In the process according to the invention, the enzyme is allowed to act on the molasses for a period of time that is sufficiently long to create a fructan-containing molasses, preferably a FOS-containing molasses. The duration of execution of this step according to the invention is mainly chosen in function of the amount of fructan, preferably FOS that is desired. As the skilled person knows, this duration is often in the range between 0.5 or 1 and 72 hours, preferably between 1.5 or 2 and 50 hours, more preferably between 3 or 4 and 36 hours, during which a fructan-containing molasses (fructan-molasses), preferably a FOS-containing molasses (FOS-molasses) is formed.

It is preferred that in the conversion step (ii), between 5 wt. % and 100 wt. % of the sucrose in the molasses is converted. More preferably, at least 10, 20, 30, 40, 50, 60, 70, 80, or 90 wt. % of the sucrose is converted. It is particularly preferred to convert essentially all sucrose. It was found that if the percentage of sucrose that is converted is increased, the subsequent recovery of betaine can be executed more efficiently.

Upon completion of the formation of the fructan-molasses, preferably the FOS-molasses, and in case a free, non-immobilized enzyme was used and mixed into the molasses, it may be desirable to ensure that the enzyme is deactivated. If this is the case, then an enzyme deactivating step may be implemented. The deactivation of the enzyme may be achieved by methods that are as such known and may differ for each specific type of enzyme. An example of such a method of deactivation is an increase in temperature—to a level of for example about 80, 85 or 90° C.—followed by a residence time of between 5 and 30 minutes at such an increased temperature. A further benefit of exposure at such a temperature is that the amounts of any bacteria that may be present are reduced. A further example of a method of enzyme deactivation is a UHT (ultra-pasteurisation) treatment.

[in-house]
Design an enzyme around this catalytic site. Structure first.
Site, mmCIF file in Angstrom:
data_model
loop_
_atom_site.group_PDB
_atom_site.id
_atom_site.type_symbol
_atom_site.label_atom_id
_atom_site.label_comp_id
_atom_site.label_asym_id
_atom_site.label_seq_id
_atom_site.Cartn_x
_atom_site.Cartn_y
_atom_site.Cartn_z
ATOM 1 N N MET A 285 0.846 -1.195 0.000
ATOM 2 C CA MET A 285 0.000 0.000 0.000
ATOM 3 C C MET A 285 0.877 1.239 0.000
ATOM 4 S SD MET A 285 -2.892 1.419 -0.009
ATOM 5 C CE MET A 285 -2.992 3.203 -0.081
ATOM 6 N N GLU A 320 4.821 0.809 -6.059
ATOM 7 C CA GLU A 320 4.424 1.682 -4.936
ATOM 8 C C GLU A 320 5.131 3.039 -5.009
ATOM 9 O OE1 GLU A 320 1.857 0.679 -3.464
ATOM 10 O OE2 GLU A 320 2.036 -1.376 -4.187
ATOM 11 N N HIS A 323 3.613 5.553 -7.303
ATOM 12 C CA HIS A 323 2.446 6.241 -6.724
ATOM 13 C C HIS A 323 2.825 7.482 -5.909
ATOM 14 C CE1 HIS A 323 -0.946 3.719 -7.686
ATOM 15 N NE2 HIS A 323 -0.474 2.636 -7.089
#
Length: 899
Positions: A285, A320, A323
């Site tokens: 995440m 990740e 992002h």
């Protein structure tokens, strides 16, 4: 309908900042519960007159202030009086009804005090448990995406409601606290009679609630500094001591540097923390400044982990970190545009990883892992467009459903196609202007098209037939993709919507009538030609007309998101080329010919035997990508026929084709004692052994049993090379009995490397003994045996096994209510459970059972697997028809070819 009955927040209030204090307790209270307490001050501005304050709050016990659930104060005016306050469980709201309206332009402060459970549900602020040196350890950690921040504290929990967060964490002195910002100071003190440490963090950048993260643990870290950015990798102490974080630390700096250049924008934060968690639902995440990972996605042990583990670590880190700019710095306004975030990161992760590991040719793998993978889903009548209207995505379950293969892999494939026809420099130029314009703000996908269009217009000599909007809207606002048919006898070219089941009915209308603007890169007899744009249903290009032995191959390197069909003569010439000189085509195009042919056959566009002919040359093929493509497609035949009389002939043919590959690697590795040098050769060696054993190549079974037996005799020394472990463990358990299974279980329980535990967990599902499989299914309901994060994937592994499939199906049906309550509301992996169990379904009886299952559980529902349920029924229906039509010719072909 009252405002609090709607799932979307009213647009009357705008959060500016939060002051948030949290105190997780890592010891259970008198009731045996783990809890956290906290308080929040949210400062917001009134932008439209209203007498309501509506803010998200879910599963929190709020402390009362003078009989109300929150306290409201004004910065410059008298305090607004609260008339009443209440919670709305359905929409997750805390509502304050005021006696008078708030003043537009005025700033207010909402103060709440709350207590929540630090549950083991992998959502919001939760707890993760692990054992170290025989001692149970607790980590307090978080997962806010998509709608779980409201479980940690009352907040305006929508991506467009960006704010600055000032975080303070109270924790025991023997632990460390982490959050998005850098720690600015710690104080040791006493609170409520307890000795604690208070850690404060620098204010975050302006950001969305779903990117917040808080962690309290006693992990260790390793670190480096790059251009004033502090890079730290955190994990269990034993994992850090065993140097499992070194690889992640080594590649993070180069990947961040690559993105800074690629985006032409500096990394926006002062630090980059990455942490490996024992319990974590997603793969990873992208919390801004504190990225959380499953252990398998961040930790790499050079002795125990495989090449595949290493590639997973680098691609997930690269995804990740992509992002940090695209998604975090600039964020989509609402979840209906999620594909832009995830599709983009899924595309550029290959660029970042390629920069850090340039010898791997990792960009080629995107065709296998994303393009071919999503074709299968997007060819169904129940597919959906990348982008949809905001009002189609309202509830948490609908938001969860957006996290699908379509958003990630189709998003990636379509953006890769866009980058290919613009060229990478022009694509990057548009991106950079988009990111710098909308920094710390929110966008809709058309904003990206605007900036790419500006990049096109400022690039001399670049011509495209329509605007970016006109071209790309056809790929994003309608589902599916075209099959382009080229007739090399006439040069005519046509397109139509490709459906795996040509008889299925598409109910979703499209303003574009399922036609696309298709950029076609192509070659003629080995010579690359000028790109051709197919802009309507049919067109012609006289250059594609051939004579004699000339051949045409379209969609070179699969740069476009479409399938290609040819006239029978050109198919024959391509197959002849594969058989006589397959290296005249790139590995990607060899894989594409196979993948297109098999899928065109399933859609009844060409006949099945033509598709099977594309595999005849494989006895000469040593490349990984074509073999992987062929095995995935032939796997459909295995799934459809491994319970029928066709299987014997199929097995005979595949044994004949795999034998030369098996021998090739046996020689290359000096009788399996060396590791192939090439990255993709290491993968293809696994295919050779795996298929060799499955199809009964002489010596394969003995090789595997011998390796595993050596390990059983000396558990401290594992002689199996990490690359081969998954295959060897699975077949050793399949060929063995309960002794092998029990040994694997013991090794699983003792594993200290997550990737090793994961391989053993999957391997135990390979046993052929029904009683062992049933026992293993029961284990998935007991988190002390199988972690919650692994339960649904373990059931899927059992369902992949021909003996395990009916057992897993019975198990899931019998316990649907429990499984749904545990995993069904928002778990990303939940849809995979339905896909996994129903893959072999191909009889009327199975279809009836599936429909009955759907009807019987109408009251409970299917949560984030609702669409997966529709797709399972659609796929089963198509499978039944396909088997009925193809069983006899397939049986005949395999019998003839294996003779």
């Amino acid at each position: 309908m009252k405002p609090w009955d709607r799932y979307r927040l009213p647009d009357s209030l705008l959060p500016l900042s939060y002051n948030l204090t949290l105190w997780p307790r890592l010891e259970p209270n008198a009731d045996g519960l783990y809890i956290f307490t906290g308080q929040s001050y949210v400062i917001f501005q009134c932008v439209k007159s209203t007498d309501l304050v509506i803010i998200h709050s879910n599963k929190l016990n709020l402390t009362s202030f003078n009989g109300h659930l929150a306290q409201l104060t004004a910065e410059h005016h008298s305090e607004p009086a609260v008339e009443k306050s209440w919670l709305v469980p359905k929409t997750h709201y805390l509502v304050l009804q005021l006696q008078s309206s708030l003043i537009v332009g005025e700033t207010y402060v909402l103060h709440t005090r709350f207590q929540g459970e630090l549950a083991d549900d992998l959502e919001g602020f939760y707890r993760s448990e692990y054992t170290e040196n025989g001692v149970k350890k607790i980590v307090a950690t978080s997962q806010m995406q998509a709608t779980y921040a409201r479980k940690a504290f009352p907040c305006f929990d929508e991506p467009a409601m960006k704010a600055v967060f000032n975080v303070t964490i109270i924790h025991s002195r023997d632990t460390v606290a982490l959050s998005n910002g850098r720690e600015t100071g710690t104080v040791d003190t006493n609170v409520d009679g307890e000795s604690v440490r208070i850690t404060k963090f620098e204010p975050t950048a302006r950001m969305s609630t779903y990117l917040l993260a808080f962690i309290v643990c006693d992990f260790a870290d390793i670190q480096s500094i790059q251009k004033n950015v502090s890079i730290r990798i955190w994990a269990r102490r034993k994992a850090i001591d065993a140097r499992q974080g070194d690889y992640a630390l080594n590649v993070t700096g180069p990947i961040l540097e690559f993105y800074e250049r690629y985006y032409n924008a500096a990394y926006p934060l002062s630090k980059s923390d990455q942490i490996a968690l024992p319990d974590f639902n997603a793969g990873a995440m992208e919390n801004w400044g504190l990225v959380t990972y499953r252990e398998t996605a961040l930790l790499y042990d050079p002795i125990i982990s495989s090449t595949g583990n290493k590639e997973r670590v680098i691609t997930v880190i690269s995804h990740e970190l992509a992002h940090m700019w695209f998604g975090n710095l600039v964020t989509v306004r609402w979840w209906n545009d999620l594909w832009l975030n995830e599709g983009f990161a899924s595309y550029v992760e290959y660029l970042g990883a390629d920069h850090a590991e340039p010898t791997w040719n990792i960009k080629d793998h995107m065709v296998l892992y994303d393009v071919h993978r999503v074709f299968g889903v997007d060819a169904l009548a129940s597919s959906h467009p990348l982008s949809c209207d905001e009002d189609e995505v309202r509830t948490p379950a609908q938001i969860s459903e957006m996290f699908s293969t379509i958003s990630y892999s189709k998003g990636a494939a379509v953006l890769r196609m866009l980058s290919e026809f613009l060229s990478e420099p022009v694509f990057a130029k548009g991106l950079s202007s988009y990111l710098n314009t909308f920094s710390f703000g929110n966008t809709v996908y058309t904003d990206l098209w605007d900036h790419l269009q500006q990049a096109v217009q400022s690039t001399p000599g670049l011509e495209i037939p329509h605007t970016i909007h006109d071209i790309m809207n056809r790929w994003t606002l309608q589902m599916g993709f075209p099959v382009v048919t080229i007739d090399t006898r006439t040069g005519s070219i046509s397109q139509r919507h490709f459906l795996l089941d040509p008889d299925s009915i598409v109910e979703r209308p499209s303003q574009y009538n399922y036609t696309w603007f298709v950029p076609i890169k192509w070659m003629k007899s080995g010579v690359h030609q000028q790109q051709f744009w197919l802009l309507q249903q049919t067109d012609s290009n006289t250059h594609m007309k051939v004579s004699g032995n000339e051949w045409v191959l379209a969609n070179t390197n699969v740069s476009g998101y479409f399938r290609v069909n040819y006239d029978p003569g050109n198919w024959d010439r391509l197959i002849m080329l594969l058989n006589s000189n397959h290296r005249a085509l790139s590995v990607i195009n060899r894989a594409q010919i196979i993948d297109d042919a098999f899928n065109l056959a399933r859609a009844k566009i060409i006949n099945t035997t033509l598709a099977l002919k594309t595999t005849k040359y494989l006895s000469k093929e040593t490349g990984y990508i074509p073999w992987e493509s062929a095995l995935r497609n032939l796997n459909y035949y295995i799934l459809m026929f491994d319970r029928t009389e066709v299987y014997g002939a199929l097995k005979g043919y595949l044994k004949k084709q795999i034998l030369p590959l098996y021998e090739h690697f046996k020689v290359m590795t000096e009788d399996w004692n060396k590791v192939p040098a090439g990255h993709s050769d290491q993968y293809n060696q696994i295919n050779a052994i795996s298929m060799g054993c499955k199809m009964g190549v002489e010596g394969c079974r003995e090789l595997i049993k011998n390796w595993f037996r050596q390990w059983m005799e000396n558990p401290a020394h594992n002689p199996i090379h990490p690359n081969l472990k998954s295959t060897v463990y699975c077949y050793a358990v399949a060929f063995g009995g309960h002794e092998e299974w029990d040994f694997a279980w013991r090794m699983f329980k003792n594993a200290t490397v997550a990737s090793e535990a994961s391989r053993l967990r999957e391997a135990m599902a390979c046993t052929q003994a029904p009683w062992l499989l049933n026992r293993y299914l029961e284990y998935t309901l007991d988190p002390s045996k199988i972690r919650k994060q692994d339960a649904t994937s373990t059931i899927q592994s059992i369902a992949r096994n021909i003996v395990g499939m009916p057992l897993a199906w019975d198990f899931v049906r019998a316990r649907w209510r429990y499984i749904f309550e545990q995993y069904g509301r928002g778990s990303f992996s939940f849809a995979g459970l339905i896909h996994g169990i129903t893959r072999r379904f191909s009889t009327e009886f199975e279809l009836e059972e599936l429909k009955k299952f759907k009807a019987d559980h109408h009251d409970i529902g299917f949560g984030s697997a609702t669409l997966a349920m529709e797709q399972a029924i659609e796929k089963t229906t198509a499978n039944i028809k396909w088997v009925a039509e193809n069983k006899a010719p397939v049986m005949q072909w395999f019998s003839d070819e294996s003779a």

It was found that the process of the invention can function when the demineralisation step (i) is done first, then followed by conversion step (ii). However, it was found that the process of the invention can also function when the conversion step (ii) is done first, then followed by the demineralisation step (i). It is contemplated that steps (i) and (ii) may also be executed simultaneously.

In the process of the invention, a separation step (iii) is done on the fructan-molasses. The separation step is executed either during the conversion step or subsequent to the conversion step. Preferably, the separation step is executed subsequent to the conversion step. In the separation step, the fructan-molasses is subjected to a chromatographic separation. As is known, the subjection of a material to a chromatographic separation can lead to the splitting of the material into various fractions. The separation according to the invention should be done such that a betaine-containing fraction is formed. It is known to the person skilled in the art that the particular choice of the stationary phase in the chromatographic separation can influence the performance of the separation. The chromatographic separation may be executed by means that are as such known, such as the passing of the fructan-molasses over a resin.

In a main embodiment of the invention, the separation step is done via the use of resins that are typical for ion-exchange chromatography. As is known, a variety of resins is available for this purpose. In one preferred embodiment of the process of the invention, a strong acid cation exchange resin is chosen. One example of such resins are Styrene-DVB resins, i.e. resins having structures based on styrene copolymerised with divinylbenzene DVB, such as Dowex™ resins.